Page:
Wheatfield Cancer Survivor Encourages Testing for BRCA Genes

7:35 AM, May 31, 2013   |    comments
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WHEATFIELD, N.Y. -- A Wheatfield mother and grandmother who carries a breast cancer gene similar to the one Angelina Jolie does, is encouraging men and women to get tested.

Carla Gress underwent a double mastectomy as a cancer survivor to reduce her risk of getting breast cancer a second time. She says it is a decision she will never regret.

"I knew I had to do it. There were no ifs, ands or buts about it. I knew I had to do it," says Gress.

In 2010, doctors diagnosed Gress with breast cancer. She underwent a lumpectomy, radiation and chemotherapy. Then, her doctor instructed her to have the genetic testing done for the BRCA gene. With four cousins and an aunt, all on her father's side, also diagnosed with breast cancer, Gress wanted to do all she could to stop it from returning.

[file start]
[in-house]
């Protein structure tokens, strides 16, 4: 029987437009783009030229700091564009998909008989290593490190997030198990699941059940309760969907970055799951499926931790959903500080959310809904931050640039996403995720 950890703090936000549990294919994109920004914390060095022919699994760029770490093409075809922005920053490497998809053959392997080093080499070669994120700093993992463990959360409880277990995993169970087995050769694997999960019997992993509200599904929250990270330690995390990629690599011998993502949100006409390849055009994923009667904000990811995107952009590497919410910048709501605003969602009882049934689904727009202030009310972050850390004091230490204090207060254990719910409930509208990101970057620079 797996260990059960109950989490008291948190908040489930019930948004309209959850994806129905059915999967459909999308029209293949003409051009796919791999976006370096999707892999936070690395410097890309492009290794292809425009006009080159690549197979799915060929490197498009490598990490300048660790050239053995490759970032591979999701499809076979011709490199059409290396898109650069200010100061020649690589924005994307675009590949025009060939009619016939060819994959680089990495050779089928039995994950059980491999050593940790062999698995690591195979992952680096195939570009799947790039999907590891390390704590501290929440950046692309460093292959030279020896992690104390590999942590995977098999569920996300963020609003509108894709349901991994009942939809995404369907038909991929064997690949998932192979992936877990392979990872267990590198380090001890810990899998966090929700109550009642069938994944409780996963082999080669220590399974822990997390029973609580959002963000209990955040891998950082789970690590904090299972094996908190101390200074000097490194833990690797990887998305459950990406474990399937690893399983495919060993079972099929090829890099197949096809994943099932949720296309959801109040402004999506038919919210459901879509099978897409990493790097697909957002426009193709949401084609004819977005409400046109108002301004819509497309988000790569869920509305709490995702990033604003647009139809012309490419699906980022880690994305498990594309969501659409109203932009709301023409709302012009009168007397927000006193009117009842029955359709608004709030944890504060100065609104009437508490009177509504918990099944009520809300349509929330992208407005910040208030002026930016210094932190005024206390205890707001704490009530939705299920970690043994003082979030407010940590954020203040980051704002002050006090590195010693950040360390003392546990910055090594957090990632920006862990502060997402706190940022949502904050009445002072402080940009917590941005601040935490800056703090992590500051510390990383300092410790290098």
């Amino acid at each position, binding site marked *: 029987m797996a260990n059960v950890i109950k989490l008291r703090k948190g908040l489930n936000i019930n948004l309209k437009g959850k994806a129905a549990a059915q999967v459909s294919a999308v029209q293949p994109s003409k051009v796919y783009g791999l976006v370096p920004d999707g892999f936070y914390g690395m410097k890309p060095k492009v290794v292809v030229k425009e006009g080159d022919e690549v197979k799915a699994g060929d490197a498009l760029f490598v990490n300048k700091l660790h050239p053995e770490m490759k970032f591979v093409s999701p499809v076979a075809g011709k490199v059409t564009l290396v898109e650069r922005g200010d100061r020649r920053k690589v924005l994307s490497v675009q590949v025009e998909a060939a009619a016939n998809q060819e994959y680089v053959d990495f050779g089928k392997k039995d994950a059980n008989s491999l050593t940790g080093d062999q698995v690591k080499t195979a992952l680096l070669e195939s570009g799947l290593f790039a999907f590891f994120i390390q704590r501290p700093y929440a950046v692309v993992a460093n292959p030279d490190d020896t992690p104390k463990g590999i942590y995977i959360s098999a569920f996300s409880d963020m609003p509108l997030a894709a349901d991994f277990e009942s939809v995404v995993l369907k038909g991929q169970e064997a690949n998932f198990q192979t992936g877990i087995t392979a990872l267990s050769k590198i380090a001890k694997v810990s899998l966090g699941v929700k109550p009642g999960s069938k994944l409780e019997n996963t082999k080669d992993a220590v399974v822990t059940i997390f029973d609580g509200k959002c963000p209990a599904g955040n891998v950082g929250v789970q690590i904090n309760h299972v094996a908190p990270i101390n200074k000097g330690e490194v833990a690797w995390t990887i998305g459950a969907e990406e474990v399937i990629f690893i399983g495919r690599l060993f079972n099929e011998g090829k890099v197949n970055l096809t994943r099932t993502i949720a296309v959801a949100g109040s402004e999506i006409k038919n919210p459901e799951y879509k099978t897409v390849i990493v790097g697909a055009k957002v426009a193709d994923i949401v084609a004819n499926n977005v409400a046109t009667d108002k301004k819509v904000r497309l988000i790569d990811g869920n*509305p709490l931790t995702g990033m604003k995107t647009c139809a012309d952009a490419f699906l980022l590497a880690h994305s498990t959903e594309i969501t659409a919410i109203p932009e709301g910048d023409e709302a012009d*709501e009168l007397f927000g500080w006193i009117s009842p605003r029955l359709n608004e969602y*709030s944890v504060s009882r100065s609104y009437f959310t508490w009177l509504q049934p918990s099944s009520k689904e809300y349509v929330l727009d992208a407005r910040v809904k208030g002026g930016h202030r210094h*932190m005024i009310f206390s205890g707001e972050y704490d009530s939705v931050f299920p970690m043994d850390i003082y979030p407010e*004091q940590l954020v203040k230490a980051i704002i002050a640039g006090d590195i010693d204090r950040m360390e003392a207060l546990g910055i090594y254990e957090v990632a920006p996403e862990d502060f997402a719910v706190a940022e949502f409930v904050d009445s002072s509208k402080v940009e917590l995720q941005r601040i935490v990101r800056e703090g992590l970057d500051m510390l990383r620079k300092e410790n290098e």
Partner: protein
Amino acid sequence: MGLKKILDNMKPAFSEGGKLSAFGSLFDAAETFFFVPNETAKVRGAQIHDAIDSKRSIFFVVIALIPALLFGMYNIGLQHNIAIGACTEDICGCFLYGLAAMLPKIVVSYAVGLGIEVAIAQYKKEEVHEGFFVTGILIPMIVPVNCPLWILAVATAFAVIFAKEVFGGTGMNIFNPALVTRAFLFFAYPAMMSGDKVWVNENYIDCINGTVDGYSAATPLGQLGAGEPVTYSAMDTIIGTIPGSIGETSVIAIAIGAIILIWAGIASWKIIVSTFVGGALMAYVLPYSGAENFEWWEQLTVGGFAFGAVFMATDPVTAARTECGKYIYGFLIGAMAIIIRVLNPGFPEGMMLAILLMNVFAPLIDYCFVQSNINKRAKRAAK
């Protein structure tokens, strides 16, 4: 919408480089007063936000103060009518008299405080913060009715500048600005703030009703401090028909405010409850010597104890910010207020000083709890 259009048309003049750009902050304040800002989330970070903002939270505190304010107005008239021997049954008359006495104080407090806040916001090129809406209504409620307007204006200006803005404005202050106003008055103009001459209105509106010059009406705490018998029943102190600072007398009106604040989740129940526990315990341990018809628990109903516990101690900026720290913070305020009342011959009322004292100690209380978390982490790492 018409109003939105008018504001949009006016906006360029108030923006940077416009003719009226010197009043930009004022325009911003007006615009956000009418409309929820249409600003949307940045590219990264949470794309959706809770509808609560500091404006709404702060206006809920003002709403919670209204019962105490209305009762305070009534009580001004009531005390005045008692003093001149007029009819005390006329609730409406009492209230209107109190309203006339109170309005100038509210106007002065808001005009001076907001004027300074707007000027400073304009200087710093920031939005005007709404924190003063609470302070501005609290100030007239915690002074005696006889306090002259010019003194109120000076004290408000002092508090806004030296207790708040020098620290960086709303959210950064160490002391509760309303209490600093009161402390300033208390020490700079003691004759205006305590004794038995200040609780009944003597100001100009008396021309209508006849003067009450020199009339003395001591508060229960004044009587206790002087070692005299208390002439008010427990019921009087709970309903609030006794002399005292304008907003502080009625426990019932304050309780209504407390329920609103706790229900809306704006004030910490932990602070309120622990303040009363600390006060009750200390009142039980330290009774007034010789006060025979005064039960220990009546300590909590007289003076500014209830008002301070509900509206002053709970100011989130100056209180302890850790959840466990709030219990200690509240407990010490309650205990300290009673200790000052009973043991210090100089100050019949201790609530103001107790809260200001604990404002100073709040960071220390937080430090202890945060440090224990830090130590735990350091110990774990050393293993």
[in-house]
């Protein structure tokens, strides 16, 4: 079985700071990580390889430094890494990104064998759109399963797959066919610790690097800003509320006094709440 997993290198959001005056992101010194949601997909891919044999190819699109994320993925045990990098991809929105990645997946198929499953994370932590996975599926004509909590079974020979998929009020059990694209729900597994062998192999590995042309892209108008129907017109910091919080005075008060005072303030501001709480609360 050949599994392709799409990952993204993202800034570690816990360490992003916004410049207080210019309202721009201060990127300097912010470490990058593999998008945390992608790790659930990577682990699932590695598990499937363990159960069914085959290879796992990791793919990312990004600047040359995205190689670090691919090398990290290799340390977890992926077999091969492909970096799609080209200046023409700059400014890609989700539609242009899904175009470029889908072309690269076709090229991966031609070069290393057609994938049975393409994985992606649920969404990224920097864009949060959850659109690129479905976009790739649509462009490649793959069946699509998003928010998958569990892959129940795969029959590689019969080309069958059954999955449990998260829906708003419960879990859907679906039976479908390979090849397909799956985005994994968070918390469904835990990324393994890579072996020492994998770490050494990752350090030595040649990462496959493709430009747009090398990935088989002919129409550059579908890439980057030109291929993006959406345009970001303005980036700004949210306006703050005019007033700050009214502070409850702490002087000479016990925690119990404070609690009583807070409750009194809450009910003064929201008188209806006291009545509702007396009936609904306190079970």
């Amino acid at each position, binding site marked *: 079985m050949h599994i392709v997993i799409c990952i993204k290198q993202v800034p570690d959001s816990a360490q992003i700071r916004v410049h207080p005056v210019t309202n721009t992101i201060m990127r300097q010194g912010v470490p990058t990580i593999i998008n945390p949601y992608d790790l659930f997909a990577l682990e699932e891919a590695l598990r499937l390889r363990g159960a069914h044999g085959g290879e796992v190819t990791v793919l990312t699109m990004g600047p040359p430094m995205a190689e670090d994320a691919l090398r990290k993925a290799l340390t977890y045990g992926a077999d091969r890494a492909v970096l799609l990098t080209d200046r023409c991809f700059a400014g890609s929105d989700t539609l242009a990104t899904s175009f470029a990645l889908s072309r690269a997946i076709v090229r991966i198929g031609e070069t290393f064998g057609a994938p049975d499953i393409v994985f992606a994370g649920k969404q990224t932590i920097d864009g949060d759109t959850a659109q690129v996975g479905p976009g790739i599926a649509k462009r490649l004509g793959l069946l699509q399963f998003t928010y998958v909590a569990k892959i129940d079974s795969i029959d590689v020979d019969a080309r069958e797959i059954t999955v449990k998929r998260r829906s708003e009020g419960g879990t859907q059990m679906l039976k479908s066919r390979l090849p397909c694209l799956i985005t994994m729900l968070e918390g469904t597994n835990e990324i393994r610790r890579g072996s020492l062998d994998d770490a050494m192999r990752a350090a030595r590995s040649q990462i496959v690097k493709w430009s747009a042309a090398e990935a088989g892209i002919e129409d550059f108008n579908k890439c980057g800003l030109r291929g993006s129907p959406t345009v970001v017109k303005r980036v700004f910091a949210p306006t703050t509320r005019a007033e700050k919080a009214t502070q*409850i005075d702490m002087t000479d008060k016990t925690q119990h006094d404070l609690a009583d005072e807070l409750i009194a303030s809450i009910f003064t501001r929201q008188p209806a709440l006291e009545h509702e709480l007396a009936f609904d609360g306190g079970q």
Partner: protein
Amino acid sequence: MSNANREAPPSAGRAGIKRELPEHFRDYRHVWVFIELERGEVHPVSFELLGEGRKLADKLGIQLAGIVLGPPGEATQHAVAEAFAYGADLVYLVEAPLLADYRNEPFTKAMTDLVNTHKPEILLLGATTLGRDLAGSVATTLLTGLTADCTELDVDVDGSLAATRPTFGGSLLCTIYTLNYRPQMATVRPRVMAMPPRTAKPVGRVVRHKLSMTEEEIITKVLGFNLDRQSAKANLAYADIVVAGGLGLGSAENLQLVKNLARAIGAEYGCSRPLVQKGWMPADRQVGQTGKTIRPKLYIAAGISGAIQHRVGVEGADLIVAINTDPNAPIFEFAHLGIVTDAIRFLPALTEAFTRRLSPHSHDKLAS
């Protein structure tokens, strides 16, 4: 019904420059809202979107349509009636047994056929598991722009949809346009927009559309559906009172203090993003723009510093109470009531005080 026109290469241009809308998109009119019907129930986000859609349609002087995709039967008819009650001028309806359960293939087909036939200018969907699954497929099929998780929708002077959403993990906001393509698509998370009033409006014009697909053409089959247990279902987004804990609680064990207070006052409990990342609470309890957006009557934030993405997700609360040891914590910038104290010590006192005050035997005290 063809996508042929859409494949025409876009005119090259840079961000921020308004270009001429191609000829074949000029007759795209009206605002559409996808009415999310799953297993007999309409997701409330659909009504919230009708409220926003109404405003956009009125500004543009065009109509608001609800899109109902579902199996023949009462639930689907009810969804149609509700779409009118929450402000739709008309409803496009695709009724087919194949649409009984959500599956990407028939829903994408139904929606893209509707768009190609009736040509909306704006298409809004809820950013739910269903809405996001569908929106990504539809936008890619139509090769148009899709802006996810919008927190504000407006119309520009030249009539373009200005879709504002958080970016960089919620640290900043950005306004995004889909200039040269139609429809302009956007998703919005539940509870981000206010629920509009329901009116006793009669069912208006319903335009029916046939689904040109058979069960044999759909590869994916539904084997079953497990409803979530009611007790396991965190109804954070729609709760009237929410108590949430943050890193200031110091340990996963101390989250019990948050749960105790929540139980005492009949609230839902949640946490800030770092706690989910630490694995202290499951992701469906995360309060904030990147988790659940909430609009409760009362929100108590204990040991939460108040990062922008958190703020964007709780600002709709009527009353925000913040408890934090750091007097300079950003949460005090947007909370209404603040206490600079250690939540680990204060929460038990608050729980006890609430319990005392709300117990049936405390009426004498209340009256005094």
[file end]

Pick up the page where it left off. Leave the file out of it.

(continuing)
"So, I went and I was positive," she recalls.

Gress' doctor then told her she had to make that difficult decision.

"You want to do this as soon as possible. You don't want to have to keep coming back every like six months and have that worry have that fear, you know, did it come back, is it growing, you know, have the surgery, get it done, get it over with and that just reduces your risk dramatically. So, that's what I did. You know, I have six grandchildren and I have to be here for them," she says.

That surgery, a double mastectomy, means Gress' risk of developing breast cancer again has dropped from 87-percent to five-percent. She also had surgery to remove her ovaries to reduce her risk of ovarian cancer.

"I'm cancer free, I feel great, thank God, and all the love and support from my family has gotten me through all this," she says.

She adds that early detection is key and wants men and women to get tested if breast cancer runs in your family.

"Don't be scared because this is your life you're talking about here. What I went through really, I know it's a big ordeal, but really sitting here, it really wasn't all that bad. You know, so I encourage women to go and be tested," she said.

Gress' daughters also tested positive for the mutated gene, and now they have the very personal and difficult decision to make about whether they will also undergo surgery like their mom. She has a breast MRI and blood work done every four to six months. She just went to see her doctor Tuesday, and is doing just fine.

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